How to use introversion to drive business success

Christine D'Mello

Self-described introvert Catriona Pollard started her public relations firm CP Communications 15 years ago. She worked from a rented apartment on a borrowed computer using dial-up internet.

“I used that time to think about what I wanted to achieve and how I was going to achieve it,” she says.

Pollard says she didn’t seek out an extroverted environment. “I had come from corporate where it was all about meetings and all about talking. So much of our corporate environment is built for extroverts. And when I started my business I wanted to do it in a way that suited my personality.”

“I think that we need to change that perception. I think as introverts we need to understand that there’s a lot of skill and positive attributes that we can bring to business."

Despite being an introvert, Pollard did a TEDx talk in front of a room full of people. 

“I think we need to make sure that we push ourselves into environments that’re going to help us grow our business or help us grow as individuals.

“My TEDx [talk] is a really good example of that. I could easily have said no to that, but I chose to say yes even though it scared the hell out of me because I had something to say and I really wanted to say it on a world stage.”

I think we need to make sure that we push ourselves into environments that’re going to help us grow our business or help us grow as individuals.

Introversion to drive leadership

We all have different styles of leadership, says Pollard. “When we’re in the corporate environment we kind of get told and moulded around what type of leader is going to work best in that environment.

“But when we start our small businesses, we then have to take that responsibility on for ourselves. Because not only are you a leader when you’ve got a small business, you are everything else especially when it is new.

“As an introvert I have emotional intelligence that I can apply to leadership positions because I don’t go in with ego and I don’t go in with bravado or the person who has to talk all the time. So quite often my leadership style can be a lot more around communication and listening.”

Introversion to drive entrepreneurship

Pollard says as an introvert, she can develop very deep relationships with people

She soon realised she excelled at networking. She says she doesn’t feel the need to walk into a room full of people and be the loudest person.

“I’m really interested in having conversations with people. And so I built my business by networking and by building relationships, because I realised as an introvert that’s a core excellent skill that I had.”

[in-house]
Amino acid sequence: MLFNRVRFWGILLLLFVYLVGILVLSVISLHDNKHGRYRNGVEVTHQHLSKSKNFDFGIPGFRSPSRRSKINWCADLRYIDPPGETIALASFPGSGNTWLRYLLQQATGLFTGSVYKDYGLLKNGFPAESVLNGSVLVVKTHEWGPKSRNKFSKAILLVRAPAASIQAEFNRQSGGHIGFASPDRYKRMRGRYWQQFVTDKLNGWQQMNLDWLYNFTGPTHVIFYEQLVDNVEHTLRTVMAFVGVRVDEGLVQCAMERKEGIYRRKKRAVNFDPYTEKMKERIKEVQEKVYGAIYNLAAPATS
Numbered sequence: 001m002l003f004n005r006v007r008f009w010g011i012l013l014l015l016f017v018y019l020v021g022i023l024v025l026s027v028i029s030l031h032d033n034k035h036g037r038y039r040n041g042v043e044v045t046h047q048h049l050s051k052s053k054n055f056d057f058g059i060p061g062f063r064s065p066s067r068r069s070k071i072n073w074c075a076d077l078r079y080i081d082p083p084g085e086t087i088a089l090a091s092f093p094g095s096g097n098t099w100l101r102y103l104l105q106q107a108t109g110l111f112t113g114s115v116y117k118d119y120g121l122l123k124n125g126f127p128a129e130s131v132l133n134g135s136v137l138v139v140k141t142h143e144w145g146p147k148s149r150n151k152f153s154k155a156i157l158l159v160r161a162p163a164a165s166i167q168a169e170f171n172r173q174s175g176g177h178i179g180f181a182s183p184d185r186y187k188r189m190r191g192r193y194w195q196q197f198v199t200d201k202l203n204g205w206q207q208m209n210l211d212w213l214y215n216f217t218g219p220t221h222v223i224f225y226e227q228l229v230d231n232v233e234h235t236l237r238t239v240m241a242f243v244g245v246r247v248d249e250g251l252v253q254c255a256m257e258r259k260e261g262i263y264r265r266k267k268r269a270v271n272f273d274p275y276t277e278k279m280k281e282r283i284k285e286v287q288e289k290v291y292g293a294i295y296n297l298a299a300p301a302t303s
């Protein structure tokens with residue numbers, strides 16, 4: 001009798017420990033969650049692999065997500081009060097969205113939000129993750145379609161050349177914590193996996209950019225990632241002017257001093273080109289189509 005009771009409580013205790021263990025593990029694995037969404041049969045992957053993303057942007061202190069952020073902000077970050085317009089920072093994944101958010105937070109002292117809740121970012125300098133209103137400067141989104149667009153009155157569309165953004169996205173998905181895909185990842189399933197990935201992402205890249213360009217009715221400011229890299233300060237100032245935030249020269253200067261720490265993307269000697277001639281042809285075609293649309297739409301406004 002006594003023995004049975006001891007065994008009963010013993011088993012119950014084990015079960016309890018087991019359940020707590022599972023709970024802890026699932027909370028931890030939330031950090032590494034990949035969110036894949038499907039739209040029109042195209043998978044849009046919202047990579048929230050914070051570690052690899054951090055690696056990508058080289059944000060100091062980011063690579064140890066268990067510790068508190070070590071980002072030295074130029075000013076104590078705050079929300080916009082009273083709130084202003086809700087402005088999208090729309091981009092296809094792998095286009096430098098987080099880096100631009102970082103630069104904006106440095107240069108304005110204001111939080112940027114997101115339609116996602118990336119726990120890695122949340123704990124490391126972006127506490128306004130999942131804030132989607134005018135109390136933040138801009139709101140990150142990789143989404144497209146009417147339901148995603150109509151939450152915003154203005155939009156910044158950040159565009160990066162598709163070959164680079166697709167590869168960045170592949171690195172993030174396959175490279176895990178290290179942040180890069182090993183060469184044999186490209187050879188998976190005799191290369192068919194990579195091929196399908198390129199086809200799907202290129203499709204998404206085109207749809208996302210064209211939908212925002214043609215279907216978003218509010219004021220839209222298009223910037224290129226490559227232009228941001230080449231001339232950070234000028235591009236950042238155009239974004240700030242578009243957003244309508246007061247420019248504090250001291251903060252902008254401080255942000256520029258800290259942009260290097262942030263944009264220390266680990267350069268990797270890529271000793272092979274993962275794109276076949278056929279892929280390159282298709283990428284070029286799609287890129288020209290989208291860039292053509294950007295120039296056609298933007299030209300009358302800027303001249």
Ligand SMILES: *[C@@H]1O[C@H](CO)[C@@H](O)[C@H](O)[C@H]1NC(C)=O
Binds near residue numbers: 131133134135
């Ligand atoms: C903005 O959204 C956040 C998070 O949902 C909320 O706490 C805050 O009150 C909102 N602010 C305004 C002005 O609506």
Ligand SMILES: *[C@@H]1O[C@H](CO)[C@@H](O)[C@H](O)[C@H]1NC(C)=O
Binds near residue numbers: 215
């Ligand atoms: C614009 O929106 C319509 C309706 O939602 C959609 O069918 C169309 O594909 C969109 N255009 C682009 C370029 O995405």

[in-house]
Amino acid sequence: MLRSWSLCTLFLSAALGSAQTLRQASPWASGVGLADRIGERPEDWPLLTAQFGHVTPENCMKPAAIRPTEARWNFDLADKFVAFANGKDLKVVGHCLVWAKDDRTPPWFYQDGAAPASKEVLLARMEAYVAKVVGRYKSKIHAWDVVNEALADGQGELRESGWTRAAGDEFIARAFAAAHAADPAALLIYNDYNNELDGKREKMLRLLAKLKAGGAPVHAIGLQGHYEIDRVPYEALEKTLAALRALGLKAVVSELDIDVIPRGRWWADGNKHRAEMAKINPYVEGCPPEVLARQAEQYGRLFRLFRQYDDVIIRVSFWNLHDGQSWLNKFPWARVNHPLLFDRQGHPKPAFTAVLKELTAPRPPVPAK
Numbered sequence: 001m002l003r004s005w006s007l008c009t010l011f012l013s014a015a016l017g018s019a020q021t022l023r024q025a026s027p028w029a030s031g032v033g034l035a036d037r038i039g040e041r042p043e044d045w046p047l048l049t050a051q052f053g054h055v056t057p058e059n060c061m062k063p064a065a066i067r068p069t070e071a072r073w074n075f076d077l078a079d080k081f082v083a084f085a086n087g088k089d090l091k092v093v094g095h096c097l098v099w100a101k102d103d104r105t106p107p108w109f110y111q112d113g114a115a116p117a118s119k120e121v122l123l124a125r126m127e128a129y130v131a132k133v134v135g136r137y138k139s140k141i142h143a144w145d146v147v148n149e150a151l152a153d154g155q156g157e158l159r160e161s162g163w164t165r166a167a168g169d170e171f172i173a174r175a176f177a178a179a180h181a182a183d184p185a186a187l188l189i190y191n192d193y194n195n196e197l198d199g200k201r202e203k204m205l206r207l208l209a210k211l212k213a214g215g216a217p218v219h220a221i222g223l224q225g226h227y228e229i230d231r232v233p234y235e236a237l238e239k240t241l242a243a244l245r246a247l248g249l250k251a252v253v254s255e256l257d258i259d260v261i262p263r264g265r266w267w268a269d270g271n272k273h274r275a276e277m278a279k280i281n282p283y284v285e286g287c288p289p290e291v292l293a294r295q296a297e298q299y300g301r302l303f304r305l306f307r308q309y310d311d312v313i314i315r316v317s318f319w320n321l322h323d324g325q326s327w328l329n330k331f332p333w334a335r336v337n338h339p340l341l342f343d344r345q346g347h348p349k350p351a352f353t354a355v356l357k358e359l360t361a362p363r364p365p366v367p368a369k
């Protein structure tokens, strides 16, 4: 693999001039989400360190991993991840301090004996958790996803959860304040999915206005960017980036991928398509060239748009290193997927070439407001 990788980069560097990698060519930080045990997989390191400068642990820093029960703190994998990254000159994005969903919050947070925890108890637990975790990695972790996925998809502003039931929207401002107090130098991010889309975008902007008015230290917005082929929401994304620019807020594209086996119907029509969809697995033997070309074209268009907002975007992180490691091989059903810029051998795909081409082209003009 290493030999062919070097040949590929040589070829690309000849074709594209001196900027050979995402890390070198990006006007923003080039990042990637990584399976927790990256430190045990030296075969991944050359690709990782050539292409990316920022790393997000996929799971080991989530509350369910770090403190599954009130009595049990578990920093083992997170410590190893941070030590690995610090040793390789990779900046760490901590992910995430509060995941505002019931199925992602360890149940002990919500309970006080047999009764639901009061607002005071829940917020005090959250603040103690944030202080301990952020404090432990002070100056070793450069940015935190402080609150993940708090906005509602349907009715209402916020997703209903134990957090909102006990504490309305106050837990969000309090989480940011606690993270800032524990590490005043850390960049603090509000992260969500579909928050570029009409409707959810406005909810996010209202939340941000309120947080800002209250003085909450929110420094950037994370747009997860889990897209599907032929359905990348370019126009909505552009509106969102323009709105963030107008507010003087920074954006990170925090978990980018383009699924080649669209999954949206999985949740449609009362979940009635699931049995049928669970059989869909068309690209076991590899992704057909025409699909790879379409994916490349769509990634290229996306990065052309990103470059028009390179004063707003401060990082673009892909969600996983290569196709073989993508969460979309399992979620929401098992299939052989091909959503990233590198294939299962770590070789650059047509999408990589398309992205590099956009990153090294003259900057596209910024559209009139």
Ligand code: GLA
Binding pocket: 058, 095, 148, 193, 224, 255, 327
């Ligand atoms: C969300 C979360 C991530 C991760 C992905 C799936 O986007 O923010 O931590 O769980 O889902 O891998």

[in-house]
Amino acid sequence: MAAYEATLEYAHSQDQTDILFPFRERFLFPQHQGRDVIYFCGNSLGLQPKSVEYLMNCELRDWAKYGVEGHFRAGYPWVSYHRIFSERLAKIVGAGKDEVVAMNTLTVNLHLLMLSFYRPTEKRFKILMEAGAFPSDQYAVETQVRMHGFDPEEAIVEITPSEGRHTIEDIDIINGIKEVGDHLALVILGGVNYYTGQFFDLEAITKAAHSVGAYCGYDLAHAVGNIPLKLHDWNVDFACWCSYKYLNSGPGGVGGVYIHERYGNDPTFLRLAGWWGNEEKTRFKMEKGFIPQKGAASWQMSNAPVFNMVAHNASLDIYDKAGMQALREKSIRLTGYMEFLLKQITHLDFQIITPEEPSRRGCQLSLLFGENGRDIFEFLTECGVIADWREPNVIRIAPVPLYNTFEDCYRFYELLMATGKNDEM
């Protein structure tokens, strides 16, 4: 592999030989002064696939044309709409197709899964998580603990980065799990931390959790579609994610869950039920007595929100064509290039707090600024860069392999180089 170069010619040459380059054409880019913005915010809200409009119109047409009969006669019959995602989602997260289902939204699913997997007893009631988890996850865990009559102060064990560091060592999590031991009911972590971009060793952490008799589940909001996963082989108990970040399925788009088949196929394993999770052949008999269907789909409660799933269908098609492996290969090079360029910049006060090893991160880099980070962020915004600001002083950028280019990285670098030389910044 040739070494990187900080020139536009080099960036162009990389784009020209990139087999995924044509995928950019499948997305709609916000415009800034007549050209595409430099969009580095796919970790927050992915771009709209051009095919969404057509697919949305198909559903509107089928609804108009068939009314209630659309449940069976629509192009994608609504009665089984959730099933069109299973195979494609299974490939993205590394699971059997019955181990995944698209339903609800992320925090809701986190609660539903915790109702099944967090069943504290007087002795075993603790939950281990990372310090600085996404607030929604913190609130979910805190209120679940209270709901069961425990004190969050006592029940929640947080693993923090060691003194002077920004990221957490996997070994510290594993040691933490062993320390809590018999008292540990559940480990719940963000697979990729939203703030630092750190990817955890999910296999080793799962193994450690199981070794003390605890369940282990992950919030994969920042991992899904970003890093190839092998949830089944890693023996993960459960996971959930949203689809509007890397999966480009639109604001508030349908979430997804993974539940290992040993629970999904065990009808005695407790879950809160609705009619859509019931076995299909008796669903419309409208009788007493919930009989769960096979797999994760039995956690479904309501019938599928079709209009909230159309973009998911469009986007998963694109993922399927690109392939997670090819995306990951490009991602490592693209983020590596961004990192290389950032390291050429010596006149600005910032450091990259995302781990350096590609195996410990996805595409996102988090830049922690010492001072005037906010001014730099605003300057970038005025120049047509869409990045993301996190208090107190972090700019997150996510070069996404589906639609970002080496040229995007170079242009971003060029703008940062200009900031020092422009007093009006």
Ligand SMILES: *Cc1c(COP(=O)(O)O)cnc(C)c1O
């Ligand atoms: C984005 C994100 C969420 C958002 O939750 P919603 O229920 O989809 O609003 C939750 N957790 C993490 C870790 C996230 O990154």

Pollard says introverts are really good at asking questions and getting people to talk and “as an entrepreneur that’s an amazing skill to have”.

“Whether you’re in a sales environment, a networking environment, or trying to build relationships with people who’re going to invest in your business, the more people feel like you want to understand them and know them, the more they are going to build a relationship with you.”

As an introvert I have emotional intelligence that I can apply to leadership positions because I don’t go in with ego...

Introversion to drive business results

“From a sales perspective, I really do believe that introversion helps because to be a really good sales person is to be the person who asks the right questions and does the listening rather than the selling,” says Pollard.

From a PR perspective Pollard’s job is to get her clients out there. “I think understanding that lots of people have blocks around stepping into the spotlight, I can actually talk them through or even pre-empt what’s going on ... that’s what makes me excellent at my job.

“And it’s why clients come back to us and stay with us, because I have that insight that maybe extroverts don’t have.”

Spotlight moments

Pollard says she turned down a lot of spotlight moments before getting up on stage for the TEDx talk.

“This idea around saying yes kind of came through with my journey.”

Christine D’Mello

Christine D'Mello is a freelance journalist who writes for The Sydney Morning Herald and The Age.

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